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INTERROGATION OF THE DETAILING DESCISIONS Parapet capping is used to create a single-ply roofing system. It covers the parapet wall and is embedded into the pitched roof sheeting. The capping is then used to divert the water flow, which mainly come from rain and moisture, to the pitched roof and finally to the gutter which is connected to a pipe. (Ching 7.16) In addition, the capping is in black colour which matches the colour of the mullions in the curtain wall below it and this gives the wall an aesthetic value. A drip is used to prevent surface tension that causes water to cling to and flow along the underside of horizontal. (Ching 7.23) Opaque glasses make up glazing for the curtain wall. It acts as insulating panels to control heat flow through the glazed curtain walls and regulate temperatures of the building interior. (Ching 7.25) Batt insulation act as the thermal and acoustic insulation fitted between the walls. Pressure-equalized design is observed between the windows. It is critical in the detailing of curtain walls as the pressure difference between the outside atmosphere and the interior environment can cause rainwater to seep through small openings. (Ching 7.25) The design thus helps to facilitate pressure equalization between the outside and the inside to limit water penetration through the cladding. (Ching 7.23)

Parapet capping direct rain water to the gutters.

Pressure-equalized chamber CONSTRUCTING ENVIRONMENTS

Drip to prevent surface tension CHAN JOSHUA TIG HAY 638994

Composition 1. Steel purlins as the horizontal structural members that make up the roof framing, connecting the roof sheeting and the curtain wall. 2. Opaque glass as the material for the curtain wall and acts as a spandrel panel. 3. Aluminium mullions as the vertical element that divides the window units and is part of the curtain wall framework. 4. Metal parapet capping as a cover for the parapet wall. 5. Batt insulation made of fibrous glass and mineral wool. (Ching 7.41) 6. Roof sheeting with a 1 degree pitch. 7. Pressure-equalized chambers used in the curtain walls. (Ching 7.25)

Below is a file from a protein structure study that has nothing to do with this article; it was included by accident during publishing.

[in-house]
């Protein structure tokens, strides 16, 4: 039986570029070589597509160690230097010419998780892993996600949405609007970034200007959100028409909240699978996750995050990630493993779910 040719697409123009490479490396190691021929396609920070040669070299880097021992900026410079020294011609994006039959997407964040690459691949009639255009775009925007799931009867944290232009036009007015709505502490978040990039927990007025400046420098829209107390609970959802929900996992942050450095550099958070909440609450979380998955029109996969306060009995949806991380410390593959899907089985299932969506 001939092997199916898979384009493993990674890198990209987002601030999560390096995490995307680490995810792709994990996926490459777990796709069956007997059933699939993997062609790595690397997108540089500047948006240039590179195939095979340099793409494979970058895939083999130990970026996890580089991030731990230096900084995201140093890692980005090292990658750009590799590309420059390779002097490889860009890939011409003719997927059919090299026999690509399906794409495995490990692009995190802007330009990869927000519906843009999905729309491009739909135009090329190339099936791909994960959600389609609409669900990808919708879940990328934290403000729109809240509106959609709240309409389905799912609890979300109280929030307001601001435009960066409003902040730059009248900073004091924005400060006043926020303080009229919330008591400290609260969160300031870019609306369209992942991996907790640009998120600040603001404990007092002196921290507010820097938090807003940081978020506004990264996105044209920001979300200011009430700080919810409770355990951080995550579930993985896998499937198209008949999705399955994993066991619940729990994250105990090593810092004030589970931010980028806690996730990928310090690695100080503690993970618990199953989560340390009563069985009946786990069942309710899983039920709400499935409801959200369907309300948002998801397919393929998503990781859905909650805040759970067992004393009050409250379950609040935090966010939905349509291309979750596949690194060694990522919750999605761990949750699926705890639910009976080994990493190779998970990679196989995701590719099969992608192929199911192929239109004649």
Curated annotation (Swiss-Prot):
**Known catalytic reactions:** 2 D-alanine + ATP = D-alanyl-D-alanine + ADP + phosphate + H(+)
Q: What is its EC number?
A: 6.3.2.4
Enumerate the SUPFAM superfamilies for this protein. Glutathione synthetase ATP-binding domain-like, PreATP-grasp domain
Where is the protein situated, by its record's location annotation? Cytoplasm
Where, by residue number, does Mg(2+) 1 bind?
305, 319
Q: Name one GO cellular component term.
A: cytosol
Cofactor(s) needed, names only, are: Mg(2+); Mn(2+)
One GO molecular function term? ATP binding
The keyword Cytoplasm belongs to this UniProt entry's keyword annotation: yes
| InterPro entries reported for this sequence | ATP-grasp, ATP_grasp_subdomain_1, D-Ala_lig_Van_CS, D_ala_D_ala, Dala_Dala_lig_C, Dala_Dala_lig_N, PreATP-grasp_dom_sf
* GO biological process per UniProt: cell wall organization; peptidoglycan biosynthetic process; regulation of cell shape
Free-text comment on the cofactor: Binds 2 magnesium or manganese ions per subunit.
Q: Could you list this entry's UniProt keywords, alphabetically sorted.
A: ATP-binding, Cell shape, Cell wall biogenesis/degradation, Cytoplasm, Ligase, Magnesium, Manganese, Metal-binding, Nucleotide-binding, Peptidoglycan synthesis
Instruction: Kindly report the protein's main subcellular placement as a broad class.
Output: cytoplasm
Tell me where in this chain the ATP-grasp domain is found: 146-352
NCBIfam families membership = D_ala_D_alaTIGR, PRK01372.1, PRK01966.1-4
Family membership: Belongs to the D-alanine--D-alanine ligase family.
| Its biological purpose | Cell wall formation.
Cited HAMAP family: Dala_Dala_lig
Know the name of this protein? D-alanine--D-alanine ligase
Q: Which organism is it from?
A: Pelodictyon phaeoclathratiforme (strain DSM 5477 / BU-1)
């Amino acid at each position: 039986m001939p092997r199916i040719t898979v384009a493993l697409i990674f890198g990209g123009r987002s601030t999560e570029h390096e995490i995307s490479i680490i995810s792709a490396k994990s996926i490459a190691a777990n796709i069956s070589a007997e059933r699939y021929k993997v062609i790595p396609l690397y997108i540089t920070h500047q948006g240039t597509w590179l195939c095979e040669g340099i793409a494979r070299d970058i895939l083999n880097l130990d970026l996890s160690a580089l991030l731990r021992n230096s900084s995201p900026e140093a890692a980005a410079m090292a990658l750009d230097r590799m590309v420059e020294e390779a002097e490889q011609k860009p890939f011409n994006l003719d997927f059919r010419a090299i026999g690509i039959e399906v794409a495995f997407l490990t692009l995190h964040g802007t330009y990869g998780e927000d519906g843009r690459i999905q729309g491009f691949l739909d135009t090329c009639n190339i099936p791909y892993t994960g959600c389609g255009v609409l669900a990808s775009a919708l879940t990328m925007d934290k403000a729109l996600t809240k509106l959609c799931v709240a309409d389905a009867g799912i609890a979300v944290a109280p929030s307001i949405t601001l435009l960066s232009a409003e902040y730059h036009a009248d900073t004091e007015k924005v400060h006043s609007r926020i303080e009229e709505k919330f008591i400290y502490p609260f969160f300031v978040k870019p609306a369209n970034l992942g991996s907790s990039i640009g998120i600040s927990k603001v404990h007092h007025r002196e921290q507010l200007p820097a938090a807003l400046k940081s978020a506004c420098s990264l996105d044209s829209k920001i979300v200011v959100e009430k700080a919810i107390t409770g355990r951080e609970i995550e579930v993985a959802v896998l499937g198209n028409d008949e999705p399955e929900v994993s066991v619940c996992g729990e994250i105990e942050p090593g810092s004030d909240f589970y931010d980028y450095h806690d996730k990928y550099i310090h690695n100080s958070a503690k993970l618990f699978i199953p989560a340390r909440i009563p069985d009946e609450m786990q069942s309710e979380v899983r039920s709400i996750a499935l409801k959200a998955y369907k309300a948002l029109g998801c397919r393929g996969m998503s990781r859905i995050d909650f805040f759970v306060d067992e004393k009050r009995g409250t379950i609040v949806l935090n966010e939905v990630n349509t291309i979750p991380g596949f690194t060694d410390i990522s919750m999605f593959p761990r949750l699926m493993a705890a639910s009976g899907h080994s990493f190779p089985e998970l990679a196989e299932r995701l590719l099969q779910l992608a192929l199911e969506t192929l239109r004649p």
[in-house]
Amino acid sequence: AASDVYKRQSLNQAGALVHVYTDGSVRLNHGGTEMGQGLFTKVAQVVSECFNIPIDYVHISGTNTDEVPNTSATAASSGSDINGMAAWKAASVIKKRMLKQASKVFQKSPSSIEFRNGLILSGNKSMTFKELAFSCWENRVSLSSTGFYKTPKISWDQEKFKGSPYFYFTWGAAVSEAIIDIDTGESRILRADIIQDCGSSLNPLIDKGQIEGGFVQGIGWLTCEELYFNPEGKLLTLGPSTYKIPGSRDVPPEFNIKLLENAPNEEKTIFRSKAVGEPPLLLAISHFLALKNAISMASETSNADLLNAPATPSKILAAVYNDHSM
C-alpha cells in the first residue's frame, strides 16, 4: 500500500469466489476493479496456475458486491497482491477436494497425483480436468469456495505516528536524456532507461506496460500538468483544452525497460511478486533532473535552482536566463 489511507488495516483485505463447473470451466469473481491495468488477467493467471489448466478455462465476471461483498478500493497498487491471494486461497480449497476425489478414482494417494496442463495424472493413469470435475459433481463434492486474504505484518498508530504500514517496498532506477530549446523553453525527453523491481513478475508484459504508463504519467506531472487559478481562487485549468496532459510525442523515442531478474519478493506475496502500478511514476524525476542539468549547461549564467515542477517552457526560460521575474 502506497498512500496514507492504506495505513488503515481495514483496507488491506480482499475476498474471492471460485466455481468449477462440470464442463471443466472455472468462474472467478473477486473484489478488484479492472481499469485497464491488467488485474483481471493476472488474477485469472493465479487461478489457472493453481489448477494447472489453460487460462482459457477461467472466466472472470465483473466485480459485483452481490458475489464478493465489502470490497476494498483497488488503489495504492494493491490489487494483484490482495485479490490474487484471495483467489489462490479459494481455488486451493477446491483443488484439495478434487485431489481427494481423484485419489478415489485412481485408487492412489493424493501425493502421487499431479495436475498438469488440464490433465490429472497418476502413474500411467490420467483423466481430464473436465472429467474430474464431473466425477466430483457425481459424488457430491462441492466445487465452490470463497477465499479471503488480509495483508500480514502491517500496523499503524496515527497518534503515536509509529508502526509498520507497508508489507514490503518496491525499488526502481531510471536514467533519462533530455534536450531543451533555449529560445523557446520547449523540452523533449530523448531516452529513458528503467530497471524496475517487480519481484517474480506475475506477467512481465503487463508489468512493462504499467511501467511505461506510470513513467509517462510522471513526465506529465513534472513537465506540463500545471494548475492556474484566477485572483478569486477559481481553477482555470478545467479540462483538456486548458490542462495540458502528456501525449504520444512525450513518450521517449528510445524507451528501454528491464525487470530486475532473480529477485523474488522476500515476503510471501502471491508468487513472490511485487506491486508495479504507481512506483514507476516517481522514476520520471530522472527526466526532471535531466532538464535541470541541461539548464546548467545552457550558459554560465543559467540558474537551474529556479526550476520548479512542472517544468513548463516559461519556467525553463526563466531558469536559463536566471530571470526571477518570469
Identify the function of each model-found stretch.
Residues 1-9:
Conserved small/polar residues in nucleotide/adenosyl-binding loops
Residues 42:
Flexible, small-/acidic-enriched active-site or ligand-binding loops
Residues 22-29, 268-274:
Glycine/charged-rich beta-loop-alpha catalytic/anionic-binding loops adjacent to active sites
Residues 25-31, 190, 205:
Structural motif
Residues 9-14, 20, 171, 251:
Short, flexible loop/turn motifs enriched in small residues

Building process

Pros and cons

In this detailed section, the first element that is constructed first would be the steel purlins due its nature as a roof structural member that is load-bearing. The roof sheeting is then laid supported by the purlins. Lastly the curtain walls will be erected along with the parapet capping as these window systems are not load bearing.

This curtain wall detail is very efficient directing water flow and preventing water or moisture from seeping through the construction materials. The opaque glass and the insulation is also useful as it regulates the temperature of the building interior and prevent it from getting to hot. One drawback from this detail is that the materials used maybe costly. For example, the pressure-equalized design may require advanced technology and expensive manufacturing costs.



Sustainability and environmental analysis The detail has a low carbon footprint as steel is mainly used as the construction material. Steel is 100% recyclable and the use of finished steel can help improve energy efficiency which reduces the amount of carbon dioxide produced during the manufacturing process. (World Steel 2008) In addition steel has a very long life and thus saves a lot of embodied energy.

Economic implications of decisions The use of a parapet capping embedded into the roof sheeting to direct water flow instead of using vegetated roofing would be cheaper during the short term. However, there may be maintenance cost involved in the future.

Where and why things go wrong in this type of detail Problems are likely to occur in places where there are openings, in this case it will be the parapet capping and the glazing. The gap between the parapet capping and the wall maybe too close and insufficient spacing is allowed to prevent the occurrence of capillary action. (Ching 7.18)



REFERENCES Ching, F.D.K 2008, Buildng Construction Illustrated, John Wiley & Sons, New Jersey World Steel Association 2008, World Steel, Belgium viewed 3 October 2013, <>



Week 8 Journal Entry  

Constructing Environments University of Melbourne